design of 43 commercial bank and one mortgage finance bank for the period of five (5) years
from 2007 to 2011 both years inclusive. The study used secondary data to investigate the
relationship between independent and dependent variables. The data was analyzed using
descriptive analysis, correlation analysis and regression analysis. This study used multiple linear
regression technique in data analysis. The major finding was that the banks with higher noninterest income shares tend to exhibit contemporaneously higher ROA and equity-asset ratios.
Non-interest income expansion of commercial banks raises profit variability. While more
profitable banks tend to exhibit higher non-interest income ratios, banks with higher non-interest
income ratios do not necessarily show subsequently higher profitability. The study found a
positive significant relationship between noninterest income and financial performance of
commercial banks in Kenya. The data analysis confirms a non-linear relation between the non
interest income and financial performance.
Kiweu (2012) made an effort to investigate whether diversification of income sources for
Kenyan banks leads to better earnings and reduced individual bank and systemic risks. The main
objective of the study was to analyze the extent to which observed shift toward fees income
generating activities has improved bank performance and reduced volatility of revenue. The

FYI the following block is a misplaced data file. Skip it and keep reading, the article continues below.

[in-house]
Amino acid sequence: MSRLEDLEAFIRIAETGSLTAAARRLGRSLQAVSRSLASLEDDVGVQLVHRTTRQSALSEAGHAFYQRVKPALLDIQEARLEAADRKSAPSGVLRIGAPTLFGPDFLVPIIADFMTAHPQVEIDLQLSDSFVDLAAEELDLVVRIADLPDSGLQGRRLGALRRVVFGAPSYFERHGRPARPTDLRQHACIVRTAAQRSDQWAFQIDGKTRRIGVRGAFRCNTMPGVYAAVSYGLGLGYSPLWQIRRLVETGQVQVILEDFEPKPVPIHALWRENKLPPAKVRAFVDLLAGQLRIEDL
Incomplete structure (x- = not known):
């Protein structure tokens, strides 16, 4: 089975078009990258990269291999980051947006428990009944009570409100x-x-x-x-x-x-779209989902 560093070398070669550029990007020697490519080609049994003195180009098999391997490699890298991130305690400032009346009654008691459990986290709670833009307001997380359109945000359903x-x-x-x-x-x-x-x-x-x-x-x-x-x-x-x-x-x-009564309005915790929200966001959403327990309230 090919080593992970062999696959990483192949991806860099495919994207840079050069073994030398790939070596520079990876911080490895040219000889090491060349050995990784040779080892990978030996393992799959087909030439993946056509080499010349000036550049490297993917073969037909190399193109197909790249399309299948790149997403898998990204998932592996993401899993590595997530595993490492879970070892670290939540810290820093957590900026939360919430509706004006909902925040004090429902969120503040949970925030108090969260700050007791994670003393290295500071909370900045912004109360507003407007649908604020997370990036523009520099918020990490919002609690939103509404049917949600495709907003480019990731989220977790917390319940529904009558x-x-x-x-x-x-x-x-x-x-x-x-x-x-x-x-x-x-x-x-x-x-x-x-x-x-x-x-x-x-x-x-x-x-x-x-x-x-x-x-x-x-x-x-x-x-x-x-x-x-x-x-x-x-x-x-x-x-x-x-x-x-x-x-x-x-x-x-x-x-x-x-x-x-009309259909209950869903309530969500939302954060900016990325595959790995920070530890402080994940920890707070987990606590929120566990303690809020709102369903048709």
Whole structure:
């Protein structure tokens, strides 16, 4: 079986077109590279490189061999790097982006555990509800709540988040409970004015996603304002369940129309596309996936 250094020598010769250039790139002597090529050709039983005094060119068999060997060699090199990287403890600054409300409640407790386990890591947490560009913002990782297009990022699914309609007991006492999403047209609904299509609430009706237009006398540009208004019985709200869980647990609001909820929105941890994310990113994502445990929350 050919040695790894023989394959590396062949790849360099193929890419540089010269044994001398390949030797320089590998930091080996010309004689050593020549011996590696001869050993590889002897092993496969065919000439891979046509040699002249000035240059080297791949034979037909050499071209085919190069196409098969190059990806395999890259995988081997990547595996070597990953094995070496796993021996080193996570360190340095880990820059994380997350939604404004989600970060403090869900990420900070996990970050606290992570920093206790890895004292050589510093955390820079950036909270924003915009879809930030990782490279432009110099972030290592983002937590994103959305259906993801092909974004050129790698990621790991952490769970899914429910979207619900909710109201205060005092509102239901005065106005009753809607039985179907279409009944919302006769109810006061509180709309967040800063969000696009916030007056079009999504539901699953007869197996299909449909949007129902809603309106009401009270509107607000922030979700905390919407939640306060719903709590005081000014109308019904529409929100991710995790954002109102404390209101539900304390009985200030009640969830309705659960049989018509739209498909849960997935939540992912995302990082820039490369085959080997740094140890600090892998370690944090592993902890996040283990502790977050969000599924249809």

study employs panel data on Kenyan commercial banks covering the years 2000 2012. To
measure income diversification, the Herfindahl Hirschmann Index (HHI) was computed for all
banks to account for diversification between the two major types of income generating activities
i.e. interest and non-interest income. The major contribution of the study was that established

21
bigger banks are more diversified than small banks and tend to have higher returns. Findings
were clear that non-interest income is much more volatile than interest income as observed over
the sample period. Given increase in fee based income, Kenyan banks can expect increased
volatility in bank earnings and less benefits from income diversification. The findings also
revealed that lending rates were significantly correlated with net interest income.
Crouzille, Tacneng and Tarazi (2013) made an attempt to examine the impact of bank revenue
diversification on the performance of banks in an emerging economy. The study used two-way
fixed-effects panel regressions for the sample of 39 commercial banks (23 domestic and 16
foreign banks), in the Philippines from 1999 to 2005. The study also used the appropriateness of
estimation method using the Hausman test to check whether a fixed effects model is more
appropriate than a random effects model. The study found that most of the non-interest income
was drawn from trading activities (45.30%) compared to fee-based activities (38%).Trading in
government securities and foreign exchange profit were the largest source of trading income
(30.60% and 51.50%), while service charges dominated the fee-based income sources (61.40%).
Larger banks presented a higher level of non-interest income in total operating income (38.16 %
for large banks and 39% for medium-sized banks) than small banks (32.22%). Foreign exchange
profit and trading of government securities are the two main sources of trading income for all
types of banks. The major contribution of the study was that Philippine banks have a different
non-interest income structure. For an average Philippine bank, the share of trading activities in
non-interest income is relatively higher compared with an average U.S. bank. Whereas most of
the fee-based income is obtained from traditional bank intermediation activities, trading income
is nontraditional as its growth is less correlated with net interest income growth. From a standard
portfolio approach, the study indicates that there might be higher diversification benefits from